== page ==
This is one image taken from a recent patent application for a terribly hi-tech 'breastfeeding milk consumption measuring device'. The application was submitted in January of this year.
'The need to measure the amount of breast milk suckled by a baby is important to many lactating mothers. This information will help to evaluate the baby's nutritional status, the need for breastfeeding guidance, or the use of milk substitutes, and therefore is important to the pediatrician, as well.'
There have been other devices like this proposed in the past - including one which measures the baby's stomach volume, and another which (very scarily!) goes between the breast and the baby to measure milk 'flow'.
From the patent site:
'A number of devices for measuring the amount of milk expressed during breastfeeding have been proposed. These devices generally tried to adopt methods of fluid flow measurement and typically include a flow or capacity measuring device. These measuring devices are mounted on the breast during breastfeeding and measure the amount of milk flowing therethrough. [...] Other devices propose the use of flow gauges utilizing ultrasound measurements or piezoelectric devices. These proposals did not solve the problem for two reasons: first, because such flow gauges are of relatively low precision, particularly when attempting to measure relatively small and varying amounts of liquid. Second, the invasive nature of the flow measurement devices interferes with the intimate nature of the mother/baby feeding and bonding process.'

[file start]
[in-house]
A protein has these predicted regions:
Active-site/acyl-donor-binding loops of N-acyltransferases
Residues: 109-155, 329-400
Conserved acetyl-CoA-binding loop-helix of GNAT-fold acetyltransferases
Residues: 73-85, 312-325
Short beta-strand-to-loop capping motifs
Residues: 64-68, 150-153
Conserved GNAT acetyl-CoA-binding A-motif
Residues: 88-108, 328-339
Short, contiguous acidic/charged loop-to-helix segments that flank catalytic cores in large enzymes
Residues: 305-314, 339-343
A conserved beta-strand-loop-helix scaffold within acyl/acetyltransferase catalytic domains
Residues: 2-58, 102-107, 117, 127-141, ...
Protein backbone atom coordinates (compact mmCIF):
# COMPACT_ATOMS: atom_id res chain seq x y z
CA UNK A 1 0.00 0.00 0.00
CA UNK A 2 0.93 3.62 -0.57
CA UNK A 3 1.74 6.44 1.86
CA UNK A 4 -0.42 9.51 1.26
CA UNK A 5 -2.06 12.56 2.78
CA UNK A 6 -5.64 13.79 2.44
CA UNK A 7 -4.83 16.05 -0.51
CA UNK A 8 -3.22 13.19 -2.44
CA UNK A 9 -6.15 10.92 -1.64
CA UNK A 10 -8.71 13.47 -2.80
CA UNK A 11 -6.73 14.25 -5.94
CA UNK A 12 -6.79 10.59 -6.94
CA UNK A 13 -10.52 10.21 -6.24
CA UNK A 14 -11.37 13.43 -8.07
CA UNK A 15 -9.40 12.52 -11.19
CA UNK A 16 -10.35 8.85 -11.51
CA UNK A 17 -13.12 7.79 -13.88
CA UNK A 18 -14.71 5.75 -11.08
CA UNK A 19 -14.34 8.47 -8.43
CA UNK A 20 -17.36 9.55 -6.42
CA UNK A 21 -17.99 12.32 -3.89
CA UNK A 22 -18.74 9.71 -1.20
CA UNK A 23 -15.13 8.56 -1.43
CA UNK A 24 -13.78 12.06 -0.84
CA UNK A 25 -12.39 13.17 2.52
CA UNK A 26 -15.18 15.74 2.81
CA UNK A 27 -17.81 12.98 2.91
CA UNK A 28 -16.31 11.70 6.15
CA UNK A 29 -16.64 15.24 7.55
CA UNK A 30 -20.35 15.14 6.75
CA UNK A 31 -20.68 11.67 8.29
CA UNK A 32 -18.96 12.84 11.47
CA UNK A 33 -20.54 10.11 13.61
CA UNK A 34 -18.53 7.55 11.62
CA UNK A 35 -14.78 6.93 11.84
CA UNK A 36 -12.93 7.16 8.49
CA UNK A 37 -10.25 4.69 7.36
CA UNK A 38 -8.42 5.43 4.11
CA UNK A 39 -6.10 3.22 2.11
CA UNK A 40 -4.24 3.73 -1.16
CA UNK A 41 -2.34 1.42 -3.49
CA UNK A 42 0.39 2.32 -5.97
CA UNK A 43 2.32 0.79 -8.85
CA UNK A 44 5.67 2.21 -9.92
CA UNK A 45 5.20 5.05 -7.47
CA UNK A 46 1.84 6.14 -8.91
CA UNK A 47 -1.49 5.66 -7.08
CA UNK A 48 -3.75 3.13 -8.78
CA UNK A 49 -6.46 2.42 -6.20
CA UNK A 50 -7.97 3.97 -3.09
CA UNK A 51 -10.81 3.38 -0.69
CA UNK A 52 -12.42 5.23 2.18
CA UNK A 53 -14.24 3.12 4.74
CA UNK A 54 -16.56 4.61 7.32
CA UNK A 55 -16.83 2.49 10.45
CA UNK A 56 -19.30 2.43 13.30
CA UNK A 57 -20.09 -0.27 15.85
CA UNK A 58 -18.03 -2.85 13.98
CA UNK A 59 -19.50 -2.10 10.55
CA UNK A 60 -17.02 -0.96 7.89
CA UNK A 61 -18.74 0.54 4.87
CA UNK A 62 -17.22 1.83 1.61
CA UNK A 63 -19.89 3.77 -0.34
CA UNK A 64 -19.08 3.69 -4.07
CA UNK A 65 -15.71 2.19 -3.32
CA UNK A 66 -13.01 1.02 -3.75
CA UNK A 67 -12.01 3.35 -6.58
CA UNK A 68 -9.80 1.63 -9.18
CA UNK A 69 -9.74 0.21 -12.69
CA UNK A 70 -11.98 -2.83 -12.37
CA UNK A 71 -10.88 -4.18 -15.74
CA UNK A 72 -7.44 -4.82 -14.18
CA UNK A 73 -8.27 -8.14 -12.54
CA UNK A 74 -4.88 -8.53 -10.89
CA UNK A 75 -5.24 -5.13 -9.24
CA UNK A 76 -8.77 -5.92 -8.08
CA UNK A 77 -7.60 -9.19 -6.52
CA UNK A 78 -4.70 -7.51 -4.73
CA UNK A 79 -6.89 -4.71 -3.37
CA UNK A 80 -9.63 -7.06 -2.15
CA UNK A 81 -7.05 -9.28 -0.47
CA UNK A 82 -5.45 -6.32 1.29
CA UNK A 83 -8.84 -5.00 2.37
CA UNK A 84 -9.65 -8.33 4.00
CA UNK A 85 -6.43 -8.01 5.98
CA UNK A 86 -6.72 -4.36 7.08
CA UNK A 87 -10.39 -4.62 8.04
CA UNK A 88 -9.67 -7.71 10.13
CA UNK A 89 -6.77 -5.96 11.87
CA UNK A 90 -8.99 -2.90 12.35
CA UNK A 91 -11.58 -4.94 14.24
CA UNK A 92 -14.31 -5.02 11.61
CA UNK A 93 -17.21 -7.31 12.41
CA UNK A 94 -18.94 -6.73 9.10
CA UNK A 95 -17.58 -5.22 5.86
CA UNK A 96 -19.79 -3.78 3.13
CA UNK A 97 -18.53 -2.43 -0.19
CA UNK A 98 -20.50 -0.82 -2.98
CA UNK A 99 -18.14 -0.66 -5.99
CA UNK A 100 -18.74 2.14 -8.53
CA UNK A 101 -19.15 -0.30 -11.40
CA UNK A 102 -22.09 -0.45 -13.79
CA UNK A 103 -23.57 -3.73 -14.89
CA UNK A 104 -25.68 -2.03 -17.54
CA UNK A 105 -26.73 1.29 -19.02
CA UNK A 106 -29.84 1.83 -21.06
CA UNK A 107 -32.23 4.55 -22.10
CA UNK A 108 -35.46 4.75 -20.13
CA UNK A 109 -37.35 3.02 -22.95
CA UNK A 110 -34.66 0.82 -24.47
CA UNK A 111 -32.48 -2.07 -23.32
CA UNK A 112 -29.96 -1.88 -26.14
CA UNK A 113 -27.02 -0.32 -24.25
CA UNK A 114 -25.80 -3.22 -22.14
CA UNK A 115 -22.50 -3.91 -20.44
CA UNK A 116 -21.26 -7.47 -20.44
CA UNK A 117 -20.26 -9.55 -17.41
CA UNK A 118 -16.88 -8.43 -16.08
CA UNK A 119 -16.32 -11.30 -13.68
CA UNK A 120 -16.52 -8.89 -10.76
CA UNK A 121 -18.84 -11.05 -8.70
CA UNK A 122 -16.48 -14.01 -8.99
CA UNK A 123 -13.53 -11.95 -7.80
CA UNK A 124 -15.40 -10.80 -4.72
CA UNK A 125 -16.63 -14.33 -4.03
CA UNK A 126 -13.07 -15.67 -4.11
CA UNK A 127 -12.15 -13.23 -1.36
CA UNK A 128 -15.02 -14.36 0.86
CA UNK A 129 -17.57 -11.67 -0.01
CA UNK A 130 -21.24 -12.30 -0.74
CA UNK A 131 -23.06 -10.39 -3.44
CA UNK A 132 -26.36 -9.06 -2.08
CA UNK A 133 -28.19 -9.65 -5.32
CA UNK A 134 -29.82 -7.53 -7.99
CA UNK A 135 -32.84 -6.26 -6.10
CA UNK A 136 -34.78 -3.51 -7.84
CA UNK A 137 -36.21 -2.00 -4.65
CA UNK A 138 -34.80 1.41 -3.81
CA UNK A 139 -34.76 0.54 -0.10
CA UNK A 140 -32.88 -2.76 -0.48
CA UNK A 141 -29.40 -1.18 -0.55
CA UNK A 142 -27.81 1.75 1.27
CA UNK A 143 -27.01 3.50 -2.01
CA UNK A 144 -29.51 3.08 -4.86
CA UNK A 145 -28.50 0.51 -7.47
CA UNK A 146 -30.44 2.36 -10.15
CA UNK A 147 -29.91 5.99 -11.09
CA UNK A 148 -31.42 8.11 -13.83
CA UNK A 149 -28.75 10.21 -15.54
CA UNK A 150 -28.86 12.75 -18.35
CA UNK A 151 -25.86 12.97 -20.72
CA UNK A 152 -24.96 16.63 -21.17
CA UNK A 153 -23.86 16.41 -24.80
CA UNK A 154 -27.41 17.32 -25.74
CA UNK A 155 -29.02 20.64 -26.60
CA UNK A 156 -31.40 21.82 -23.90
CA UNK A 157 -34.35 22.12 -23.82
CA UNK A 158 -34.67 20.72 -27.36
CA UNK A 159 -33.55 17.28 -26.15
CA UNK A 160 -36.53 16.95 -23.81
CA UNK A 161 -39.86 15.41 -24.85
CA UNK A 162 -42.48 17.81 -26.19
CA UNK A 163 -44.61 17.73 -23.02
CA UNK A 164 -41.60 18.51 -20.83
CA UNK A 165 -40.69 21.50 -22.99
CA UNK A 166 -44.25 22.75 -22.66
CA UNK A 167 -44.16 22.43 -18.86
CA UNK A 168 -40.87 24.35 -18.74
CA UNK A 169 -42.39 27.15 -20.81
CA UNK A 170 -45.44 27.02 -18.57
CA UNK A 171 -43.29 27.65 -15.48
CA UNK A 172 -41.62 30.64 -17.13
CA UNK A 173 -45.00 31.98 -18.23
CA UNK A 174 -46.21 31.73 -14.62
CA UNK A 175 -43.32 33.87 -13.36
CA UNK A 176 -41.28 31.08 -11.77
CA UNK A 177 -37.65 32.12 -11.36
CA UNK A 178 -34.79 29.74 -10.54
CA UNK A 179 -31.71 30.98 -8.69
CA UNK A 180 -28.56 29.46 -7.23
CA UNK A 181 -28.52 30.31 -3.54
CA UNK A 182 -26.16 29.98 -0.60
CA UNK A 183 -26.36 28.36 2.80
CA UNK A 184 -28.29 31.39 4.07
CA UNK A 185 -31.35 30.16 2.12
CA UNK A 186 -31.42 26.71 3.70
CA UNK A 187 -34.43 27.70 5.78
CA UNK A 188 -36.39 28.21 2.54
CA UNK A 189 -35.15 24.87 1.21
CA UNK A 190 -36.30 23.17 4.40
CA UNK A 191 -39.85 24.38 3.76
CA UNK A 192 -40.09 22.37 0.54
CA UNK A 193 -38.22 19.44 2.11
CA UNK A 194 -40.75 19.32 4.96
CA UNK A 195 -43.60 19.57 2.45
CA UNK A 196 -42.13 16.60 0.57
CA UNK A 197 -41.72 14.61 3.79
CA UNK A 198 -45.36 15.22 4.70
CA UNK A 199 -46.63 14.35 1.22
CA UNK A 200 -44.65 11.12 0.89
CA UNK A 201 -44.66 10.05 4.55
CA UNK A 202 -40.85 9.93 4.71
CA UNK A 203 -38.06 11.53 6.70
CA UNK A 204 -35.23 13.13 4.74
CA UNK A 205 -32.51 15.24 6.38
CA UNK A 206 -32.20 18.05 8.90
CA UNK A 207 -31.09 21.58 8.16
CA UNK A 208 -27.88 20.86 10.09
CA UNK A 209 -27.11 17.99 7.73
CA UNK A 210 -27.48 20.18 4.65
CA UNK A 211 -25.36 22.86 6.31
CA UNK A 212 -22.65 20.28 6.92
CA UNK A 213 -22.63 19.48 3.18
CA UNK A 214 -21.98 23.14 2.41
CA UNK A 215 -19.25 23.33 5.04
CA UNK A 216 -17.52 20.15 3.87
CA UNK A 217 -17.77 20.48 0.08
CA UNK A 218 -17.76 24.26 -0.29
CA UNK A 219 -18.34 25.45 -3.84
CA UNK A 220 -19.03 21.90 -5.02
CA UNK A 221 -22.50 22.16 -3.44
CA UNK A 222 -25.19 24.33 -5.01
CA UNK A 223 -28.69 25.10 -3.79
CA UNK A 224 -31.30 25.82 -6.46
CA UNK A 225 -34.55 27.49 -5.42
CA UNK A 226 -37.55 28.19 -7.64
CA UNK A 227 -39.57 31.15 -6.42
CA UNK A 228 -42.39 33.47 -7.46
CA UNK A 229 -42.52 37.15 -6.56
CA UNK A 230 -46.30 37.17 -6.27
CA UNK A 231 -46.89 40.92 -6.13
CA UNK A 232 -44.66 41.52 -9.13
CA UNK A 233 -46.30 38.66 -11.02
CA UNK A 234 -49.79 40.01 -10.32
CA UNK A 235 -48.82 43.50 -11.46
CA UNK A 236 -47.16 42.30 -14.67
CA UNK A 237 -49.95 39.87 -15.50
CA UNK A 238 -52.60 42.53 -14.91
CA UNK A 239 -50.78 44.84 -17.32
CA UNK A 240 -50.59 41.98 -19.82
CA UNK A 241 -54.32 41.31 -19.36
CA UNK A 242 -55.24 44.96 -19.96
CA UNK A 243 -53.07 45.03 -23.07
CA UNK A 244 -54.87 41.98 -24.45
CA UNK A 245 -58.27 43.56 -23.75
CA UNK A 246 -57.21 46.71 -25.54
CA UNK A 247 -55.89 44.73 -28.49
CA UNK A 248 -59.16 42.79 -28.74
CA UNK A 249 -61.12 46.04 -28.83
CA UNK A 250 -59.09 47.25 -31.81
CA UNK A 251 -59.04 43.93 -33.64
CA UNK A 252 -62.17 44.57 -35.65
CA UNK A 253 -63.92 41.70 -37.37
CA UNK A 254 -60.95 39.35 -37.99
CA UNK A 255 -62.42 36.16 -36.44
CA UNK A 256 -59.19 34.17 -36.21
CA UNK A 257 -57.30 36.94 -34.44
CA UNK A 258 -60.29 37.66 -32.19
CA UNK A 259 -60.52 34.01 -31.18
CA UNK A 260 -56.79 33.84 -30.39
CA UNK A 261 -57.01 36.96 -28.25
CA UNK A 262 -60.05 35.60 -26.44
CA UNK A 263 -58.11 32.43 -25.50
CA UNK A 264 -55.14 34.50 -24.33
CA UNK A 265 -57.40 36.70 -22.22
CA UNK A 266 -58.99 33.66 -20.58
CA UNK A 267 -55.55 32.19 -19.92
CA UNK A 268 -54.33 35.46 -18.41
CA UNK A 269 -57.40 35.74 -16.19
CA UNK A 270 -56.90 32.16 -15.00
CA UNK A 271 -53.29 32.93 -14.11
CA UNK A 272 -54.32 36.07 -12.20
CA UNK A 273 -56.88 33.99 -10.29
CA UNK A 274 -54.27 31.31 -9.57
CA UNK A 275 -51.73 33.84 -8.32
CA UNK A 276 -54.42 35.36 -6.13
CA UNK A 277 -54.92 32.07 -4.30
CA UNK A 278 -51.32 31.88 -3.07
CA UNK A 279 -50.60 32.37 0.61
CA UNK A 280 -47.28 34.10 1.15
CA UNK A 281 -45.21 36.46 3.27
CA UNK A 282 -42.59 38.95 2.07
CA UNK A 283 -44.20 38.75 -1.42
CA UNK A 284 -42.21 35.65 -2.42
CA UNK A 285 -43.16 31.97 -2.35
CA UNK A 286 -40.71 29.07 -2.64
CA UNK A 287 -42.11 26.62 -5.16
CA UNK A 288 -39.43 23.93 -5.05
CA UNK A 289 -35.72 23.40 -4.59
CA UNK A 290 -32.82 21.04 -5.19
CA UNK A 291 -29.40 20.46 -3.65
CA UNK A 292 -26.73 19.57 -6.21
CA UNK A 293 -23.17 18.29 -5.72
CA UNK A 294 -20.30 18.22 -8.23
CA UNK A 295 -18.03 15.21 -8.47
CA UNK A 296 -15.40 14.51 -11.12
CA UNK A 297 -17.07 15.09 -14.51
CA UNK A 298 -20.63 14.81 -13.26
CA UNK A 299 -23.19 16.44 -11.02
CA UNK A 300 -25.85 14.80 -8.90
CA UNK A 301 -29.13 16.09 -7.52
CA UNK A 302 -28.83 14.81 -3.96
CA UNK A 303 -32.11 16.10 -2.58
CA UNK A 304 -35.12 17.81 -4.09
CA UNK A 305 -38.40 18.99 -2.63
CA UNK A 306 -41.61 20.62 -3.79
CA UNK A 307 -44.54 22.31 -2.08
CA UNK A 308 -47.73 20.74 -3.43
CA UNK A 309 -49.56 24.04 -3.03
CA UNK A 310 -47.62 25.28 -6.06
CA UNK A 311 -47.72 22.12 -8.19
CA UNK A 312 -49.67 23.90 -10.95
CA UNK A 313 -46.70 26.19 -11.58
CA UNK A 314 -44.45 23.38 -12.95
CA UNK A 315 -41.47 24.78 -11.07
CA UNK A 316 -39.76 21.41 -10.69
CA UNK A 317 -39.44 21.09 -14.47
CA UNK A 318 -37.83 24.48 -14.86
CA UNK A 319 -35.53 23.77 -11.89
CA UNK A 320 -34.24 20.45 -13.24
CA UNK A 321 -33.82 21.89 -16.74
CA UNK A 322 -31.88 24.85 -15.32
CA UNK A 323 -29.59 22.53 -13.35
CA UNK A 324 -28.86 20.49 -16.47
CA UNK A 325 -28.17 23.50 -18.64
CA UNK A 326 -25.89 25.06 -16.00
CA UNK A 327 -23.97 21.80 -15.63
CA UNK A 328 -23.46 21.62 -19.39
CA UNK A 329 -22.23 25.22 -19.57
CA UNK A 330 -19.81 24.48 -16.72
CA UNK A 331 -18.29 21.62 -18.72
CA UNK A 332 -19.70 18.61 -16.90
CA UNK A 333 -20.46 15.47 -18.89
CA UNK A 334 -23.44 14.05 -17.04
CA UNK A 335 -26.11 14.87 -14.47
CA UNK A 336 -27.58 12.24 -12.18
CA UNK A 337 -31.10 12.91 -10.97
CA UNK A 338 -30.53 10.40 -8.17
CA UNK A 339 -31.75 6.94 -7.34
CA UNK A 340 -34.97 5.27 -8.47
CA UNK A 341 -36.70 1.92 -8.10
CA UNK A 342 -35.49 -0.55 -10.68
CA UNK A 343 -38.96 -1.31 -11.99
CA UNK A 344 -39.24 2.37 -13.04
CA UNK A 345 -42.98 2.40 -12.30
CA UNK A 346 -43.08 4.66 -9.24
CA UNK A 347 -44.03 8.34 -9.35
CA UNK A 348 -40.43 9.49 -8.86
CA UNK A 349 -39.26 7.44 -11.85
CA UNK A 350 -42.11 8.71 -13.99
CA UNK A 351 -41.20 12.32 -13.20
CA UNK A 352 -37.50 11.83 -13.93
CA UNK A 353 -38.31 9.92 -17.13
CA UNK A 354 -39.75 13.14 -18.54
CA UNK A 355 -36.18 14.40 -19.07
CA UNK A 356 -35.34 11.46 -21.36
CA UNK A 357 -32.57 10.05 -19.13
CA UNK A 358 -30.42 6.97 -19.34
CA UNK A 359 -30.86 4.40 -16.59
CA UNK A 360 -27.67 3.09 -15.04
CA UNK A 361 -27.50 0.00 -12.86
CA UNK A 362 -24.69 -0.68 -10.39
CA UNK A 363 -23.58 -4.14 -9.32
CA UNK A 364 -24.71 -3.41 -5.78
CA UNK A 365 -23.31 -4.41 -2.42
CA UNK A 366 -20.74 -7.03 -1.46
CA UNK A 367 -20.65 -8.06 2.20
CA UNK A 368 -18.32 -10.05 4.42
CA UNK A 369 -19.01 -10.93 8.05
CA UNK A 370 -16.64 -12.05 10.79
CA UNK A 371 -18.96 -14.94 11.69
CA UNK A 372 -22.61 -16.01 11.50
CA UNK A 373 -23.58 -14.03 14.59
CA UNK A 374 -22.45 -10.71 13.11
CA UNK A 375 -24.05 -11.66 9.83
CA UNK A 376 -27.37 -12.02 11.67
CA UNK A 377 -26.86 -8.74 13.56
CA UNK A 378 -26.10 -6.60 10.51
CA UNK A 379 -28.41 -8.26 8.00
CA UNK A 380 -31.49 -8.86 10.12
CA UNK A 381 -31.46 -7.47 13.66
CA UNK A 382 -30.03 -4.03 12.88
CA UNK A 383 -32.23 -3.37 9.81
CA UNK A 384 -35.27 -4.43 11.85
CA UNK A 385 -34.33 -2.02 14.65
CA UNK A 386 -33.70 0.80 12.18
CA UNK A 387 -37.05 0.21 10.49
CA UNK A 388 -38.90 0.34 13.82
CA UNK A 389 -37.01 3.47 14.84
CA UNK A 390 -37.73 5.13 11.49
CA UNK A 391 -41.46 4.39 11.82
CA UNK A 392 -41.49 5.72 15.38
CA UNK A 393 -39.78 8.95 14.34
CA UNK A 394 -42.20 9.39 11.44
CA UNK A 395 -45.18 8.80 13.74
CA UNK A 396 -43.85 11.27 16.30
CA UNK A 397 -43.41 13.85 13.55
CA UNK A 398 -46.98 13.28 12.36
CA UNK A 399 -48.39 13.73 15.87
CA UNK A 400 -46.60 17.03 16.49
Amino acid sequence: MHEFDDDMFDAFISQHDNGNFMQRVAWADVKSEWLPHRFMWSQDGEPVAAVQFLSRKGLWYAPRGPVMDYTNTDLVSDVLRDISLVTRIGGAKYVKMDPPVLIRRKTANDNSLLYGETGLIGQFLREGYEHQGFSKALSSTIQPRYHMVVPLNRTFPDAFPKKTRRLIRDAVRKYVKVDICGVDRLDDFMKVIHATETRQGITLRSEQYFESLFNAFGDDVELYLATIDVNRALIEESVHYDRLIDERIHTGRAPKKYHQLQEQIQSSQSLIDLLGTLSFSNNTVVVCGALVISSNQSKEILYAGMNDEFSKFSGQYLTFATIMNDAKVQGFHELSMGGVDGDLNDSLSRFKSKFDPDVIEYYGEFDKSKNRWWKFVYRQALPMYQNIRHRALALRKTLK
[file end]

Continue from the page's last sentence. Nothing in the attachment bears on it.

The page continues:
Invasive? You don't say...
This device is supposedly better because it:
'...measures the breastfeeding quantity in a non-direct method, which does not interfere with the intimate mother-baby connection during breastfeeding. The invention measures changes in the breast volume during breastfeeding. The difference between breast volume before and after breastfeeding is proportional to the amount of milk transferred to the baby, particularly during the first weeks after birth.'
The device measures breast volume before and after breastfeeding. Exactly how accurate an assessment of the baby's milk intake that measurement would be I couldn't possibly say - I'm very dubious indeed... :-/
Wondering whether or not this is an April Fool? It couldn't possibly be real - could it?
Check the time.
Of COURSE it's important to know if your baby is getting enough milk. In our culture we're so used to seeing milk measured in ounces or millilitres that it has become hard for new breastfeeding mums and their families to trust that cue-feeding works. However - for the record - you DON'T need this gadget or any of the others to tell you if your baby is getting enough milk.
- Is your baby poo-ing and pee-ing sufficiently (see here for some great info)?
- Is your baby putting on weight, are they bright and alert? (note it's normal for babies to lose a little weight just after birth). More on weight gain in breastfed babies is here.
- Watch the baby during feeds - can you hear swallowing? Is there a short pause where their chin stays dropped down, allowing the baby to swallow?
- More on what's normal for a newborn breastfed baby is here.